The Union of Kansai Governments, comprising seven prefectures and two ordinance-designated major cities, has accepted the central government’s target of cutting power consumption this summer in the Kansai region by at least 15 percent from 2010 levels.
The target is based on the assumption that reactors at Kansai Electric Power Co.’s Oi nuclear power plant in Fukui Prefecture will remain offline this summer.
Prime Minister Yoshihiko Noda is expected to make the final decision soon on whether to go ahead with the government’s plan to restart two reactors at the plant.
The association of local governments understandably has deep doubts about the safety of the plant. Local governments in the Kansai region should act swiftly and assess how much power saving would be realistically possible as a step to prepare for a summer without nuclear power.
An expert panel tasked with working out an energy strategy for Osaka Prefecture and the city of Osaka has started considering a range of measures to avert a power crunch this summer.
One measure under consideration would ask businesses to have a recess from 1 p.m. to 4 p.m., when demand for electricity peaks. Another idea on the table is to offer free or discounted admission to public facilities to attract people during peak demand hours so that fewer air conditioners would be used at homes.
Shiga Prefecture offers subsidies of up to 2 million yen ($25,000) each to small and medium-sized companies to help them switch to more energy-efficient lighting and other electric equipment. Hyogo Prefecture is considering adopting summer time again as it did last summer.
In the local business community, railway companies are mulling thinned-out schedules, while some major manufacturers are making such moves as increasing production now so that they can cut output in the summer or shifting production out of the Kansai region.
It is the third time the Kansai region has been asked to slash power use, following last summer and winter.
The supply-demand situation this summer is expected to be much tighter. The region will probably have to depend on power supplies from other electric utilities.
What the union of local governments should do first is assess the feasibility of the power-saving target by adding up achievable voluntary cuts in electricity consumption.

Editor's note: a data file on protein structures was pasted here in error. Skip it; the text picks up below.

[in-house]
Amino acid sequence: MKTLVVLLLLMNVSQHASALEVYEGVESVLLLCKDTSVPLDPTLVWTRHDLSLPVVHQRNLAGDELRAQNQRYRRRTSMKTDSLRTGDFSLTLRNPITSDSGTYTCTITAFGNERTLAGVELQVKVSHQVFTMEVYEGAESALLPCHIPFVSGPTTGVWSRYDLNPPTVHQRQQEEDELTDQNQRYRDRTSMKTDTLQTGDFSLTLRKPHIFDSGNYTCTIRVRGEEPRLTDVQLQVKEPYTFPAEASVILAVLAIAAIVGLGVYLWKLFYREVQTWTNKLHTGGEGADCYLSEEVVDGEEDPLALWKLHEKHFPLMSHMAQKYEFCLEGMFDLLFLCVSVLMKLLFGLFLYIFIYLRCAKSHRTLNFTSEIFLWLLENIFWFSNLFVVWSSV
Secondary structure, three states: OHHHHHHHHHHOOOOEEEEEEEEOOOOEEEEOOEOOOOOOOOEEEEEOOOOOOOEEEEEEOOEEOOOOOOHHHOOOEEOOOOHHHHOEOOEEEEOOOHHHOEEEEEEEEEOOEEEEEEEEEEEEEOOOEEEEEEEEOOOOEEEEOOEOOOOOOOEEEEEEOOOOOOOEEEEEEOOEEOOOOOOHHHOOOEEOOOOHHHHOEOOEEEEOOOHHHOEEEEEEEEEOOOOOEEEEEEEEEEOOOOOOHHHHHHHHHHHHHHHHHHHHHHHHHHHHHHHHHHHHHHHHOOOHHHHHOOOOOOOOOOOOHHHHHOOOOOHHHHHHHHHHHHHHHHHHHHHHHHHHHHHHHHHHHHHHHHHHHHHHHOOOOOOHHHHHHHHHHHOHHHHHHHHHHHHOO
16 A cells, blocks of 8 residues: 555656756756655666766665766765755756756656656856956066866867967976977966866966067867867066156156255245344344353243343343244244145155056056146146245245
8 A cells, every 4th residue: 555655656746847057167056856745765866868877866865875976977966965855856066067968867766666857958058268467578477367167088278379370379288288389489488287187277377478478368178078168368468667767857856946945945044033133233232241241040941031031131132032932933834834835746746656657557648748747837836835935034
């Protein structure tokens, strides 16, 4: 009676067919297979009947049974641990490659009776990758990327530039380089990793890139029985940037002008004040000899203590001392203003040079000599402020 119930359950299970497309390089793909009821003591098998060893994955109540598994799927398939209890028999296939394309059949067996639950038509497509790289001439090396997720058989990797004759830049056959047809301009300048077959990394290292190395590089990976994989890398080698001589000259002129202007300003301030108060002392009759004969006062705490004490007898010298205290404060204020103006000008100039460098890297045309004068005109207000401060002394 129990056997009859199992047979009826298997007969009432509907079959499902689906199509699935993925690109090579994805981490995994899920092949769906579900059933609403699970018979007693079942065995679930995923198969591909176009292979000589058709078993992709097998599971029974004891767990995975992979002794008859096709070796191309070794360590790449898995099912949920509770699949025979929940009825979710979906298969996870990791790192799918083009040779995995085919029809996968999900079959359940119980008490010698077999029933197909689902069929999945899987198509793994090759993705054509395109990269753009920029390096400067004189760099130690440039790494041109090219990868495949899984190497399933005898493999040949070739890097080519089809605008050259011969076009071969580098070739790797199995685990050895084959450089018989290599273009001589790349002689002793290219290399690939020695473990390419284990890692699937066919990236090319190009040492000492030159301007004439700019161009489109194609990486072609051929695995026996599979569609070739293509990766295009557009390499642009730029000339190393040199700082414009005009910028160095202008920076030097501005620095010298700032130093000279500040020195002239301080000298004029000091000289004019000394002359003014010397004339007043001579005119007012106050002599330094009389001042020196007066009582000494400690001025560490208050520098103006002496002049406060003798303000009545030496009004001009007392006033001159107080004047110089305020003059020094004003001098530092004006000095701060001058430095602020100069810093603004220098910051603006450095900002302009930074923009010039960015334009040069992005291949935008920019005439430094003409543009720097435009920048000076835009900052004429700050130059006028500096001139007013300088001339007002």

If it becomes clear that there will be a gap between power supply and demand even after all possible power-saving efforts are to be exhausted, the prefectures and municipalities should consider imposing mandatory limits on electricity consumption.
The May 19 meeting between the members of the union and Goshi Hosono, the minister in charge of the nuclear crisis, underscored afresh deep differences between the local leaders and the Noda administration over whether to bring Oi’s two reactors back online.
Kyoto Governor Keiji Yamada and Osaka Mayor Toru Hashimoto voiced concerns about the fact that the decision will be made by politicians instead of the government’s Nuclear Safety Commission, a panel of nuclear experts.
The union has submitted six specific requests to the central government, including the adoption of new nuclear safety standards of the highest levels and compilation of a plan to deal with a severe nuclear accident.
The governors and mayors are becoming increasingly frustrated at the Noda administration’s failure to make a sincere response to their requests.
In a recent Asahi Shimbun survey, 54 percent of the respondents expressed opposition to restarting the reactors at the Oi plant.
The regional union is expected to formally communicate in writing its concerns about the safety of those reactors to the Noda administration. The government would disregard reason if it forges ahead with its plan to reactivate the reactors under such circumstances.
Instead, Noda should try to work closely with the union by giving priority to the Kansai region among all regions facing a power shortfall to help it achieve significant cuts in power use.
--The Asahi Shimbun, May 22
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